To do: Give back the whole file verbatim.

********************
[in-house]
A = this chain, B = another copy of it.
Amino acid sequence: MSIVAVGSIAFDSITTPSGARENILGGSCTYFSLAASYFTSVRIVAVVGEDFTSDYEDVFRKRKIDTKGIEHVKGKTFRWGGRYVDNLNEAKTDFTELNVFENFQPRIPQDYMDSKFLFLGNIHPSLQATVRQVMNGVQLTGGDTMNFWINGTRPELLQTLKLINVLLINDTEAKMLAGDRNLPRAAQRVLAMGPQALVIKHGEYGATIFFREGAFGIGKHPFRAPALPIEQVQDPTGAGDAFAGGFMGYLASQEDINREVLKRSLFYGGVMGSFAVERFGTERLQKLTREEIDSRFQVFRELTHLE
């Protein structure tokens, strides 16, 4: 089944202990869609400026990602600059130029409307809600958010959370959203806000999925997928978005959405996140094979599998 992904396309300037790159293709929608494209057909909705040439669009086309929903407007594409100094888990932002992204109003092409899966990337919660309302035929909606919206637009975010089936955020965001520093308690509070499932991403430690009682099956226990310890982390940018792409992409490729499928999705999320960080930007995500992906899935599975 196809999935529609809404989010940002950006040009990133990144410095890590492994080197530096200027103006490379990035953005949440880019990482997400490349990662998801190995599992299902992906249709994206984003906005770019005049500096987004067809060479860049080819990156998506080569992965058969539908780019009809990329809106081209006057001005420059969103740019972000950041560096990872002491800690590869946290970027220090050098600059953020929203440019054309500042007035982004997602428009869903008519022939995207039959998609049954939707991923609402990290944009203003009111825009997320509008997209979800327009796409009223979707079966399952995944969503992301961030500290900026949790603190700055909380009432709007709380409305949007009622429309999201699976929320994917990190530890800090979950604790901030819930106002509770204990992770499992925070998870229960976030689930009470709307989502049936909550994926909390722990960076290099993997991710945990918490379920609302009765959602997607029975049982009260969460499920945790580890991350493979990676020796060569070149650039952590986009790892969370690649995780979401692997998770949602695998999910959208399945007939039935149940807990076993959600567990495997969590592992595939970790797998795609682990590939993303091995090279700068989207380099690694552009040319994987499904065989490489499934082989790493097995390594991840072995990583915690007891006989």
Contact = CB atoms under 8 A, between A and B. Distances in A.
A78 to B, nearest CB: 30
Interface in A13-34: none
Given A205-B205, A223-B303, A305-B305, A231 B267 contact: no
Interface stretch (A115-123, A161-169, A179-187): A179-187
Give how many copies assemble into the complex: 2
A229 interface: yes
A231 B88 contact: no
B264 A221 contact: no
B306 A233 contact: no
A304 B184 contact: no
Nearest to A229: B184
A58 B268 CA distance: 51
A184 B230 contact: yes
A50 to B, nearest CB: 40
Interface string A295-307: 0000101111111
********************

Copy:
[in-house]
A = this chain, B = another copy of it.
Amino acid sequence: MSIVAVGSIAFDSITTPSGARENILGGSCTYFSLAASYFTSVRIVAVVGEDFTSDYEDVFRKRKIDTKGIEHVKGKTFRWGGRYVDNLNEAKTDFTELNVFENFQPRIPQDYMDSKFLFLGNIHPSLQATVRQVMNGVQLTGGDTMNFWINGTRPELLQTLKLINVLLINDTEAKMLAGDRNLPRAAQRVLAMGPQALVIKHGEYGATIFFREGAFGIGKHPFRAPALPIEQVQDPTGAGDAFAGGFMGYLASQEDINREVLKRSLFYGGVMGSFAVERFGTERLQKLTREEIDSRFQVFRELTHLE
């Protein structure tokens, strides 16, 4: 089944202990869609400026990602600059130029409307809600958010959370959203806000999925997928978005959405996140094979599998 992904396309300037790159293709929608494209057909909705040439669009086309929903407007594409100094888990932002992204109003092409899966990337919660309302035929909606919206637009975010089936955020965001520093308690509070499932991403430690009682099956226990310890982390940018792409992409490729499928999705999320960080930007995500992906899935599975 196809999935529609809404989010940002950006040009990133990144410095890590492994080197530096200027103006490379990035953005949440880019990482997400490349990662998801190995599992299902992906249709994206984003906005770019005049500096987004067809060479860049080819990156998506080569992965058969539908780019009809990329809106081209006057001005420059969103740019972000950041560096990872002491800690590869946290970027220090050098600059953020929203440019054309500042007035982004997602428009869903008519022939995207039959998609049954939707991923609402990290944009203003009111825009997320509008997209979800327009796409009223979707079966399952995944969503992301961030500290900026949790603190700055909380009432709007709380409305949007009622429309999201699976929320994917990190530890800090979950604790901030819930106002509770204990992770499992925070998870229960976030689930009470709307989502049936909550994926909390722990960076290099993997991710945990918490379920609302009765959602997607029975049982009260969460499920945790580890991350493979990676020796060569070149650039952590986009790892969370690649995780979401692997998770949602695998999910959208399945007939039935149940807990076993959600567990495997969590592992595939970790797998795609682990590939993303091995090279700068989207380099690694552009040319994987499904065989490489499934082989790493097995390594991840072995990583915690007891006989």
Contact = CB atoms under 8 A, between A and B. Distances in A.
A78 to B, nearest CB: 30
Interface in A13-34: none
Given A205-B205, A223-B303, A305-B305, A231 B267 contact: no
Interface stretch (A115-123, A161-169, A179-187): A179-187
Give how many copies assemble into the complex: 2
A229 interface: yes
A231 B88 contact: no
B264 A221 contact: no
B306 A233 contact: no
A304 B184 contact: no
Nearest to A229: B184
A58 B268 CA distance: 51
A184 B230 contact: yes
A50 to B, nearest CB: 40
Interface string A295-307: 0000101111111